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Benjamin King, Henry Wynn, Bradley Gao, Vanessa Marie Morales, Matthew T Ballo, Matthew W Wilson; Repeat Episcleral Plaque Brachytherapy: Clinical Outcomes in Patients Treated for Locally Recurrent Choroidal Melanoma (CM). Invest. Ophthalmol. Vis. Sci. 2016;57(12):4094. doi: https://doi.org/.
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© ARVO (1962-2015); The Authors (2016-present)
To report the primary measured outcomes of survival, local disease control, and vision in patients treated with repeat episcleral plaque brachytherapy (EPBT) for recurrent CM.
We searched our ocular oncology database to identify all patients treated with EPBT for CM who developed local recurrence.
We identified a total of 71 of 1201 patients treated with EPBT for CM between January 1985 and December 2012 who developed local recurrence. 27 patients (13 men) elected to be retreated with EPBT. Median age at initial diagnosis was 69 years. AJCC classifications of these patients’ primary tumors were: T2 (25 patients) and T3 (2 patients). Local recurrence was attributed to increase in height (n=14), in basal diameters (n=6), or both (n=7). Median follow-up time from initial treatment was 100 months. Median time to local recurrence was 43 months. Median follow-up time following the second plaque treatment was also 43 months. Five patients developed subsequent local recurrence, four of which were enucleated while one was treated with transpupillary thermotherapy (TTT). Two additional eyes were enucleated due to neovascular glaucoma. Kaplan-Meier estimate for local control at 5 years was 84.9%. Median logMAR visual acuity was 0.477 at time of recurrence and declined to 2.15 by the most recent follow-up exam. A total of 6 patients developed metastatic disease and 10 patients died (4 of them due to other co-morbidities). Kaplan-Meier estimate for absence of metastatic disease at five years was 78.9%.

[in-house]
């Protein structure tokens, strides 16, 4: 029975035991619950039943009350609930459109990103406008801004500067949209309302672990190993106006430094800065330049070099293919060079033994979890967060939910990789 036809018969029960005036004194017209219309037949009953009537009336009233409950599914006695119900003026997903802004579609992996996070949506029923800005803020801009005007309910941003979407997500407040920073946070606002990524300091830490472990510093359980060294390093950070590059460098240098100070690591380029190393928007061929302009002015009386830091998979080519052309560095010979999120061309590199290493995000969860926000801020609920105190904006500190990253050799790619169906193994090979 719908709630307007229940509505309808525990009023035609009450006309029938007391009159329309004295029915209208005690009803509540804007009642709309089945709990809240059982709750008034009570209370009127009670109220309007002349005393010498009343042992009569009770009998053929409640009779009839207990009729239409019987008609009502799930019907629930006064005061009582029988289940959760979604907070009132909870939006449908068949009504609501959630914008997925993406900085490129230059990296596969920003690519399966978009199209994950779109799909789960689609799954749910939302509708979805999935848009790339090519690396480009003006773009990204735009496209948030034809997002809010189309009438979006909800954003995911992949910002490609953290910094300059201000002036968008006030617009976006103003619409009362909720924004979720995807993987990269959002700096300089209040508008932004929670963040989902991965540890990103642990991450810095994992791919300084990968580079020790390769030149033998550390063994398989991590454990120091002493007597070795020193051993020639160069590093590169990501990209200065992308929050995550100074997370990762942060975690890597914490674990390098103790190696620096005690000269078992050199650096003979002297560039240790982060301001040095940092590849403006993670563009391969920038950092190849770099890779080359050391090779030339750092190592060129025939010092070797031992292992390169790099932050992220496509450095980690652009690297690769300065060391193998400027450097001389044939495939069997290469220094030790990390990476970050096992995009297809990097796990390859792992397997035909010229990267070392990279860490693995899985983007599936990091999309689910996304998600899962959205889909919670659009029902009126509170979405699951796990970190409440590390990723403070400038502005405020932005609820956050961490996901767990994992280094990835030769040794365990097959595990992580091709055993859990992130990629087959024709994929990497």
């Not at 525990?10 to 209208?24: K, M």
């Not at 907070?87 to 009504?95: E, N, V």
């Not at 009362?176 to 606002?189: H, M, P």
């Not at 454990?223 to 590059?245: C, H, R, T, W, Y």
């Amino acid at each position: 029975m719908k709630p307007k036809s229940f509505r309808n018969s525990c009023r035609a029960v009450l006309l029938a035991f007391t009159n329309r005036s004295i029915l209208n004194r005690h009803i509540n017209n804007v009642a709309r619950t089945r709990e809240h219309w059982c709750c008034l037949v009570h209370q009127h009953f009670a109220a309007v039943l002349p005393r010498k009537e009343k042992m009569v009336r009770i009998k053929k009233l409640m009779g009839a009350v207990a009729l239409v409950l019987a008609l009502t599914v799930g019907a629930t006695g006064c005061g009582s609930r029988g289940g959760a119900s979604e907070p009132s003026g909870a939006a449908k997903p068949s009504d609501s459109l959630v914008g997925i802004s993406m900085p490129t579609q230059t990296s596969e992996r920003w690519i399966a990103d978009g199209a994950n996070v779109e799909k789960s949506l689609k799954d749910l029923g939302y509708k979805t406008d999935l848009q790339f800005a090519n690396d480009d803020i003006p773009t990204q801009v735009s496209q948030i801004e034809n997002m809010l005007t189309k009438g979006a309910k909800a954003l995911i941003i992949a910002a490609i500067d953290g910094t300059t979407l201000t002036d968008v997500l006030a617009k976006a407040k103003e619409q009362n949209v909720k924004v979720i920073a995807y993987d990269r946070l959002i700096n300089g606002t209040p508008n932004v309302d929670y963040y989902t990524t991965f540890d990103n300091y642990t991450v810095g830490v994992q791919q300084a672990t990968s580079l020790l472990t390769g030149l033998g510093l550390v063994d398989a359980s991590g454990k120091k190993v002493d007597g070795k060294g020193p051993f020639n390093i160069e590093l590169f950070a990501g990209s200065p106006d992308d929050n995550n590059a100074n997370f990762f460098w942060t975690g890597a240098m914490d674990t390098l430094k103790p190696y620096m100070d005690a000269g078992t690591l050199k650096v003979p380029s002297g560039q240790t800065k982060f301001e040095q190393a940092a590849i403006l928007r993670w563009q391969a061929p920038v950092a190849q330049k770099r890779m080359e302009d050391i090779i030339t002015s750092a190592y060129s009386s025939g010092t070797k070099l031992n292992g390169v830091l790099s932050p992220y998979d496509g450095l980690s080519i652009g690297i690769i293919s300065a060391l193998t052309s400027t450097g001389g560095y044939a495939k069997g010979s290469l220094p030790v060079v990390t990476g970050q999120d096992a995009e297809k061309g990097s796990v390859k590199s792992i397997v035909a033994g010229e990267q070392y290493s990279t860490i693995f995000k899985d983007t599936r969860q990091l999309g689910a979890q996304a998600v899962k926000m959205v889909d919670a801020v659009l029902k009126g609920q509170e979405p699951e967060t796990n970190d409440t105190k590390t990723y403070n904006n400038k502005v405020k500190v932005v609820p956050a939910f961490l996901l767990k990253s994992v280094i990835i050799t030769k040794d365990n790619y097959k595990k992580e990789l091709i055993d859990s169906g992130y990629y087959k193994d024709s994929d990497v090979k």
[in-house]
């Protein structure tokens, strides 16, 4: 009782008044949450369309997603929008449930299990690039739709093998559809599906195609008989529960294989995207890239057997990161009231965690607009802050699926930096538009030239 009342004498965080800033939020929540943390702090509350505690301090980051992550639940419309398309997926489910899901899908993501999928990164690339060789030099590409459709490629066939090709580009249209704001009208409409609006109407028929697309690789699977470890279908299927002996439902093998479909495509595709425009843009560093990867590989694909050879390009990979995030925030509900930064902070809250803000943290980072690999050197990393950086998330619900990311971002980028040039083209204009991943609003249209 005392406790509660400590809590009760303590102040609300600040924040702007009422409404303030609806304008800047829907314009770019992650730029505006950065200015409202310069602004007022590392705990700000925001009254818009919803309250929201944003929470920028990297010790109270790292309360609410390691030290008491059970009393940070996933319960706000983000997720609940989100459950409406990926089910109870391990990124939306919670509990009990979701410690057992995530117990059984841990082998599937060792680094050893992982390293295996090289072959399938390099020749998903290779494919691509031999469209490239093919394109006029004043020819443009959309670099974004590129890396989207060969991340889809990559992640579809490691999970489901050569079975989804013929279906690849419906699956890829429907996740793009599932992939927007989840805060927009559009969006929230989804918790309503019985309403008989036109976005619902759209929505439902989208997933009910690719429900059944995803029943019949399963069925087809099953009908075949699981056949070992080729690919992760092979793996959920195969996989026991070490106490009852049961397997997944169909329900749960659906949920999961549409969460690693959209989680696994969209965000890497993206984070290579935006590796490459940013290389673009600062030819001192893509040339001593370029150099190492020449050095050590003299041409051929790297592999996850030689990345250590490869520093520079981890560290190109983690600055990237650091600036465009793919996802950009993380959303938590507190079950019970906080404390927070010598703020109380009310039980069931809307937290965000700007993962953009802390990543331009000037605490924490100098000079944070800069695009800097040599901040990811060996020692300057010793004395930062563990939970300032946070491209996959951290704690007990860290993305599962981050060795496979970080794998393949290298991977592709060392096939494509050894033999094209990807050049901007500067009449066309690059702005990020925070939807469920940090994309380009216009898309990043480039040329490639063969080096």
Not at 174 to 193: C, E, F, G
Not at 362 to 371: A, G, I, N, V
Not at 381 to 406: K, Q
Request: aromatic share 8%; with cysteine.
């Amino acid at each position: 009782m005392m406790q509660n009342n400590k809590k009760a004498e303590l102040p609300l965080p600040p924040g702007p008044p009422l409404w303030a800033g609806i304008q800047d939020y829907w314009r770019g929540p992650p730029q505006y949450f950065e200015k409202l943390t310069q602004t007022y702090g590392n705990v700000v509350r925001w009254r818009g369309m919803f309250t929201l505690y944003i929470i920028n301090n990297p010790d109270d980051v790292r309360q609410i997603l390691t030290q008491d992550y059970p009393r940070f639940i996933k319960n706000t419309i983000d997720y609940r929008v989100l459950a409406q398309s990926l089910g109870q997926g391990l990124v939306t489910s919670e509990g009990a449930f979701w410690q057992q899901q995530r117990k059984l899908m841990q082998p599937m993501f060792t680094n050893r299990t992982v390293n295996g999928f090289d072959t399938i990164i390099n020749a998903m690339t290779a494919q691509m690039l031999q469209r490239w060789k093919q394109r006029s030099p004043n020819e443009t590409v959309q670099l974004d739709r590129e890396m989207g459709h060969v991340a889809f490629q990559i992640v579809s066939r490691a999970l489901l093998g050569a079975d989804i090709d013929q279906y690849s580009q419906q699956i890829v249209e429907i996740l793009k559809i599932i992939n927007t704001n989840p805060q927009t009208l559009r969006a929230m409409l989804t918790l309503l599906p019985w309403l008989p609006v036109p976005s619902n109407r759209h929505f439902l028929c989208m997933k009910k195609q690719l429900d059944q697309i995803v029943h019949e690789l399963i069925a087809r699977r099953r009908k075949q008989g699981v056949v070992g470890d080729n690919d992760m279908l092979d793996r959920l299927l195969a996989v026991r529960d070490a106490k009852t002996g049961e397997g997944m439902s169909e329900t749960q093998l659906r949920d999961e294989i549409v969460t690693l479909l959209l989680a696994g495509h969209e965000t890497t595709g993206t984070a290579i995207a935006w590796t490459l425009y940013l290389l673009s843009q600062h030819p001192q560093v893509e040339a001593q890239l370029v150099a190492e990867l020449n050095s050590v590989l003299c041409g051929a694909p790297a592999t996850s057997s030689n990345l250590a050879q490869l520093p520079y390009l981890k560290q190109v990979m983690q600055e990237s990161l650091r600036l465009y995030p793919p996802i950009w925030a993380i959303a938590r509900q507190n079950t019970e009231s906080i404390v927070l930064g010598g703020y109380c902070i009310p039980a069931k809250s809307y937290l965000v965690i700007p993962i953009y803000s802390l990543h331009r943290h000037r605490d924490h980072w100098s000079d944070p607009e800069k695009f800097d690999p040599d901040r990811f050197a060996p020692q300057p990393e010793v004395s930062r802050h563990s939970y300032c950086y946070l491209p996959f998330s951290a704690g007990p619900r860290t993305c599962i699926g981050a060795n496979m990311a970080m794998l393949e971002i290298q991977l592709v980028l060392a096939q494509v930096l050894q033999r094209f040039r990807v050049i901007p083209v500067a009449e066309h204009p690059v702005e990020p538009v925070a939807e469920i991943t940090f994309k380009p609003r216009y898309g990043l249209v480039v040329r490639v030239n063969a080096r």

Repeat plaque brachytherapy offers a viable alternative to enucleation in patients with local recurrence of CM yielding high rates of local control with predictable decline in visual acuity.
This is an abstract that was submitted for the 2016 ARVO Annual Meeting, held in Seattle, Wash., May 1-5, 2016.
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